Here is your weekly research brief with some of the latest research in the field.
- Ibrahim, Awad. “Body without organs: notes on Deleuze & Guattari, critical race theory and the socius of anti-racism.” Journal of Multilingual and Multicultural Development ahead-of-print (2014): 1-14. (locked)
My aim in this article is to epistemologically read Deleuze and Guattari (D & G) against critical race theory (CRT) and simultaneously delineate how D & G’s notion of ‘body without organs’ can benefit from CRT. At first glance, especially for language instructors and researchers, these two epistemological frameworks not only compete against each other but in most cases also do not meet. For some, their utility might not even be as obvious given their philosophical and abstract nature. This article is conceptualised to show, in a modest way, their utility on the one hand and how, on the other hand, where and when they meet to create an ‘anti-racism line of flight’. For those who are interested in race, language learning and institutional analysis, this is a line of flight that is full with infinite possibilities, twists and turns and pleasant surprises, which I hope to epistemologically explore.
- Nelson, Jacqueline. “Place-defending and the denial of racism.” Australian Journal of Social Issues, Vol. 49, No. 1, Jun 2014: 67-85. (locked)
This paper introduces the concept of place defending and articulates its implications for locality based social policy. Place defending is the protection of one’s local area from unfavourable assessments, in this case of being labelled or perceived as a racist space. Place attachment and identifications with place are drivers of place defending. Person place relationships and their implications for locality based social policies have not yet received sufficient consideration in the literature a significant oversight considering the current policy focus in Australia and the United Kingdom on locality based social policy. In this study of local anti racism in the Australian context, place defending involved the denial of racism and performances of place that reproduced the discourse of tolerance. Print media coverage of the release of national data on racism was analysed alongside a series of interviews with individuals working on anti racism at both local and state/federal levels. Four tools of place defending are discussed: direct action to defend place; spatial deflections; use of minority group members to discredit claims of racism; and critiques of those who make claims about racism. The tools of place defending operated to construct localities as places of tolerance, potentially undermining the case for anti racism.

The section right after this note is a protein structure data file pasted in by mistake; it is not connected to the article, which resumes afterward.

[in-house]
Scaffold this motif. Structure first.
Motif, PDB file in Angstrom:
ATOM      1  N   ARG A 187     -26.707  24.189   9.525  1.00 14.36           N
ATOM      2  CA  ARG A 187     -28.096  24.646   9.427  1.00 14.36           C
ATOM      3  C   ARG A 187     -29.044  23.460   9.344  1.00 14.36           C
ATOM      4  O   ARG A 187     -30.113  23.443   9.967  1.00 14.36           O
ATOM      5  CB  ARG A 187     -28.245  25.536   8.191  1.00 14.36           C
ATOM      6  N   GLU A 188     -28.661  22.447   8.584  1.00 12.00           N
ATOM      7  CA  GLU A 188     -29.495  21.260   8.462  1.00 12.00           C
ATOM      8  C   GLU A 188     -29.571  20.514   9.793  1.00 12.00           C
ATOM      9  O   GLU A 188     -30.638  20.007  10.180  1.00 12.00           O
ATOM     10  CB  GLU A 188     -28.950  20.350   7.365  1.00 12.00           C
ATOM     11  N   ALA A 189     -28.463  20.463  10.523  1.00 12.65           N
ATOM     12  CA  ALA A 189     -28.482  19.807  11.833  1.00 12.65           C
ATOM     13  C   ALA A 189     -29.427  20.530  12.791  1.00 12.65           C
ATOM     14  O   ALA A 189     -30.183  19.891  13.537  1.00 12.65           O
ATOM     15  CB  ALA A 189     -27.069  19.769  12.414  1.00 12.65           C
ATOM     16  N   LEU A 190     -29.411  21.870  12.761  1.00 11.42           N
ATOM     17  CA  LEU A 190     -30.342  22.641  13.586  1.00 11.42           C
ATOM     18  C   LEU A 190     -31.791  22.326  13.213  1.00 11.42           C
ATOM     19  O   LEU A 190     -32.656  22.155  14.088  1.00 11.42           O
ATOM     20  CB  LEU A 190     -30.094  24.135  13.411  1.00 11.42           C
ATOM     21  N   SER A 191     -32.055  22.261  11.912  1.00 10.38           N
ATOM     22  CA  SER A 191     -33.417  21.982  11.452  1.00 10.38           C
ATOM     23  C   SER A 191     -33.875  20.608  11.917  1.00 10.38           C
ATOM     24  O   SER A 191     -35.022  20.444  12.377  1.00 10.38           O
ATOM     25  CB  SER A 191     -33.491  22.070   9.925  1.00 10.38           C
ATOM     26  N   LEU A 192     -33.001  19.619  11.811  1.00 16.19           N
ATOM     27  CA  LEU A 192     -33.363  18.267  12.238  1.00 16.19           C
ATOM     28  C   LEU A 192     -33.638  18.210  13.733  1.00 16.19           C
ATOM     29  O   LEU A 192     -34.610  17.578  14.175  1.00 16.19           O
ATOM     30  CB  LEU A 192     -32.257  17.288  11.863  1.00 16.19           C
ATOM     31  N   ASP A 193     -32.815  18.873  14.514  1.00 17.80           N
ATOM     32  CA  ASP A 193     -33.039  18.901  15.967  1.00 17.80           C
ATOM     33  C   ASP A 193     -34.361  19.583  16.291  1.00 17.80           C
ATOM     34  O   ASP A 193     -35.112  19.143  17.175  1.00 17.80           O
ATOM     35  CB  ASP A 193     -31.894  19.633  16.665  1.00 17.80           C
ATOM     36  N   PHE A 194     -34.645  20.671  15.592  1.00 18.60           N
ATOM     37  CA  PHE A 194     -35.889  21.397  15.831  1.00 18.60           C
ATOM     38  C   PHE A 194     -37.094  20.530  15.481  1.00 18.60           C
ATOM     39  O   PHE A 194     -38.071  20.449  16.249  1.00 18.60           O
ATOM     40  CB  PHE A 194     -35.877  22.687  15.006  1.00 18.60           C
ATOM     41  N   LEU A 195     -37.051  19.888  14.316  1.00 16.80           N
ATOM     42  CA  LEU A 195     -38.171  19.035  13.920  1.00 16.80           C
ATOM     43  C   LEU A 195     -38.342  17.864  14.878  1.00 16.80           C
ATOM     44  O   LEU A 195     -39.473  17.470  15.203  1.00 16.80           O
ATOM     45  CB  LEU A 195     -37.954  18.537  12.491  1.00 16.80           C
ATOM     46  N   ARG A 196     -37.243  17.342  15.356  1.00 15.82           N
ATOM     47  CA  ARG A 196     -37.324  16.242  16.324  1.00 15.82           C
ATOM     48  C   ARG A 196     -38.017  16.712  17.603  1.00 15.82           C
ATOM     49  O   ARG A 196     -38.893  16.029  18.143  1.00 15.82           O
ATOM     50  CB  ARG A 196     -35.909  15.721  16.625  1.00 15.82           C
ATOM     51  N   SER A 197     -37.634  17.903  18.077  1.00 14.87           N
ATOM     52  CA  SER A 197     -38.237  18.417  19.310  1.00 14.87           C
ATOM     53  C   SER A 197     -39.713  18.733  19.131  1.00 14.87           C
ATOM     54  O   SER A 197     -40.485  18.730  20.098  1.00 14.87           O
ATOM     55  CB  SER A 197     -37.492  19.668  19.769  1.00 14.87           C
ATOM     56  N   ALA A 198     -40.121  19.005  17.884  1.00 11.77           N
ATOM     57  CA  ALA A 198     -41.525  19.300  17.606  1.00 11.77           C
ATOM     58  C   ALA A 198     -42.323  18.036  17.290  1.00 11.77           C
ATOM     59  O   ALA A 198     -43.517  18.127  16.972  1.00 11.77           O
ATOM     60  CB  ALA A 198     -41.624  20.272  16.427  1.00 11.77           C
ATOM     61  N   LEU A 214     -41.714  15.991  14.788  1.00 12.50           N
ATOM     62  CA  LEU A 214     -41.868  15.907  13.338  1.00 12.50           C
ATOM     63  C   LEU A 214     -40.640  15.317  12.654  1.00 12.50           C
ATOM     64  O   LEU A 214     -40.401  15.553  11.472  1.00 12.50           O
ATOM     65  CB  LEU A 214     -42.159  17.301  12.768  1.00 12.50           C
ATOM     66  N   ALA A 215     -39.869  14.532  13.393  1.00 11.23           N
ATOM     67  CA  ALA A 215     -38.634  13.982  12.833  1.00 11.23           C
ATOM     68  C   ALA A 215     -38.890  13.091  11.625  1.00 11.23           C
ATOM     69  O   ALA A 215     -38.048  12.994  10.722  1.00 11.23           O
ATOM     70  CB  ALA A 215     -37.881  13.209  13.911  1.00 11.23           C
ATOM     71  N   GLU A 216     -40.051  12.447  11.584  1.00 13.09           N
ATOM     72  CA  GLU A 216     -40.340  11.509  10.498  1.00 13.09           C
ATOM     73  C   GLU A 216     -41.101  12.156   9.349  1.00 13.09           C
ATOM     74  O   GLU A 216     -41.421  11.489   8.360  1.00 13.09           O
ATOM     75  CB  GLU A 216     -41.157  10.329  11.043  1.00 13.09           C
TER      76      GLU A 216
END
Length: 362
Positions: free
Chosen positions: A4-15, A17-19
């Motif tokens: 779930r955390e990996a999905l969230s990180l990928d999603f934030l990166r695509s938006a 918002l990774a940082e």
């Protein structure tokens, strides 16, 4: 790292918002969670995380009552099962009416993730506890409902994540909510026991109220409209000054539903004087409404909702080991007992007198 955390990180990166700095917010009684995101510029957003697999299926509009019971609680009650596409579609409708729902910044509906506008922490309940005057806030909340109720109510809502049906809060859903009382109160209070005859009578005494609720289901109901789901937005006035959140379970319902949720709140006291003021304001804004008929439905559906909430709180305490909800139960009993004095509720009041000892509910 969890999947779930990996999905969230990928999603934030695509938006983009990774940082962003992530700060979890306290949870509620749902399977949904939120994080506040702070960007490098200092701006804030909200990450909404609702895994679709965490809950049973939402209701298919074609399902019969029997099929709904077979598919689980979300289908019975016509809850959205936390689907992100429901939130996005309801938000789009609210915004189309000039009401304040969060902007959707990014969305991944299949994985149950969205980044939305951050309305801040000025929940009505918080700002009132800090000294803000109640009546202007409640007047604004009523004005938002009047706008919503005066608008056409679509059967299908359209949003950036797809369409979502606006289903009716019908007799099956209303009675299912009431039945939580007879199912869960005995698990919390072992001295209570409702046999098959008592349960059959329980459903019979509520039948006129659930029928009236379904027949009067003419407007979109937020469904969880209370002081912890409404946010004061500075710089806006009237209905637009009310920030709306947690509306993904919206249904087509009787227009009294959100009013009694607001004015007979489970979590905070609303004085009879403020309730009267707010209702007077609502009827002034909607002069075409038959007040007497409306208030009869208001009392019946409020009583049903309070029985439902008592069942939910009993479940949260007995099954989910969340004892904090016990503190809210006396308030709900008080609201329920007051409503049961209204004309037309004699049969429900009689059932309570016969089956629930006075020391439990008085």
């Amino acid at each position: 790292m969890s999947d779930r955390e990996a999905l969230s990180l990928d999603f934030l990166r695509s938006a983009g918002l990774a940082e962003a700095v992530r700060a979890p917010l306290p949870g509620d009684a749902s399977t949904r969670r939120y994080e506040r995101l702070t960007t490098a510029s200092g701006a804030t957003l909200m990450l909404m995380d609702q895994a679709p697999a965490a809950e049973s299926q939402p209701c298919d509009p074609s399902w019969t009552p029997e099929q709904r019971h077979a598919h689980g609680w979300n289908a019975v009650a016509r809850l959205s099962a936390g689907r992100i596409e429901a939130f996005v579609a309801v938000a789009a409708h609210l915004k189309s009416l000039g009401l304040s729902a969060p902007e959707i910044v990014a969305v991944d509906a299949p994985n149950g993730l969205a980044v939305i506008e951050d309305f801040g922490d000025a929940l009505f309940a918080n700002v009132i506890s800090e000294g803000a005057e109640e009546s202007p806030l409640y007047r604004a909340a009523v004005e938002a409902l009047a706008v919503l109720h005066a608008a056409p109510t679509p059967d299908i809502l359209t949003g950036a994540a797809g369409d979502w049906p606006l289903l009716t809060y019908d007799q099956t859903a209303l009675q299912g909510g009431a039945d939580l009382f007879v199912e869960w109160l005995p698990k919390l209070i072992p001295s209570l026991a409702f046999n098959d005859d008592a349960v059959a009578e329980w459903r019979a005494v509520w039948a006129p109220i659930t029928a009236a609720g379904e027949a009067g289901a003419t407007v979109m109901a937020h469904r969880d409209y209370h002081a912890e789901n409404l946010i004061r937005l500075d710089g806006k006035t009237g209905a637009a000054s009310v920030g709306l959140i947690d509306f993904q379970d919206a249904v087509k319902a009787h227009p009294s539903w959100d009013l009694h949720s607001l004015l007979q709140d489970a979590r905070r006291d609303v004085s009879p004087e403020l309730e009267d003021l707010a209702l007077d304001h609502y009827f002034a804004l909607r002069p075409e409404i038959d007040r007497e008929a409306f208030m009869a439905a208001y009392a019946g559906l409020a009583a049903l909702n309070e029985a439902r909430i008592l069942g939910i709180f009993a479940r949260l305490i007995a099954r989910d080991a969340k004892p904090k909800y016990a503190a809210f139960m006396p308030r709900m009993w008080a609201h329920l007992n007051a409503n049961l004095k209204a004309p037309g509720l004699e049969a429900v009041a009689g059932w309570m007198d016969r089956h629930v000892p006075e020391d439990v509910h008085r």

- Oh, David C., and Doreen V. Kutufam. “The Orientalized “Other” and Corrosive Femininity: Threats to White Masculinity in 300.” Journal of Communication Inquiry 38, no. 2 (2014): 149-165. (locked)
The film 300 tells a fictionalized account of 300 Spartans’ courageous stand against Xerxes’s Persian army that provided Greece a beacon of masculine strength, independence, and freedom. This study seeks to understand the racist and sexist ideologies represented in the film’s characterization of the Spartan and the Persian armies. To uncover ideologies in the film, we conducted a textual analysis focusing on the intersecting constructions of nation, race, and gender. Our findings suggest that the film advances ideological support for the duty of Whiteness and masculinity in the United States, specifically, and the West, generally, to protect itself from the external, invading forces of the Orientalized racial “other” and against the internal, corrosive forces of femininity.
- Shin, Hyunjung. “Everyday racism in Canadian schools: ideologies of language and culture among Korean transnational students in Toronto.” Journal of Multilingual and Multicultural Development ahead-of-print (2014): 1-13.(locked)
Drawing from a 2.4-year ethnography with Korean Early Study Abroad (ESA, pre-college-aged study abroad) students in Toronto high schools, I examine the intersections among race, class, language, culture and citizenship (including immigrant status) in the identity construction and language learning of these students. Conceptualising race as a social construct and racism as systemic and institutionalised, I employ sociolinguistic analysis of the data to link issues of race and class together and point out how the ESA students adopt class-based consumption of Korean language and products as a strategy for dealing with the racial and linguistic marginalisation they experienced in Canadian contexts as well as its consequences in their language learning. The paper concludes with the story’s implications for discussing race and alternative ways of talking about privilege among racial minorities regarding transformation of the value of the linguistic capital across different linguistic markets in today’s world of globalisation.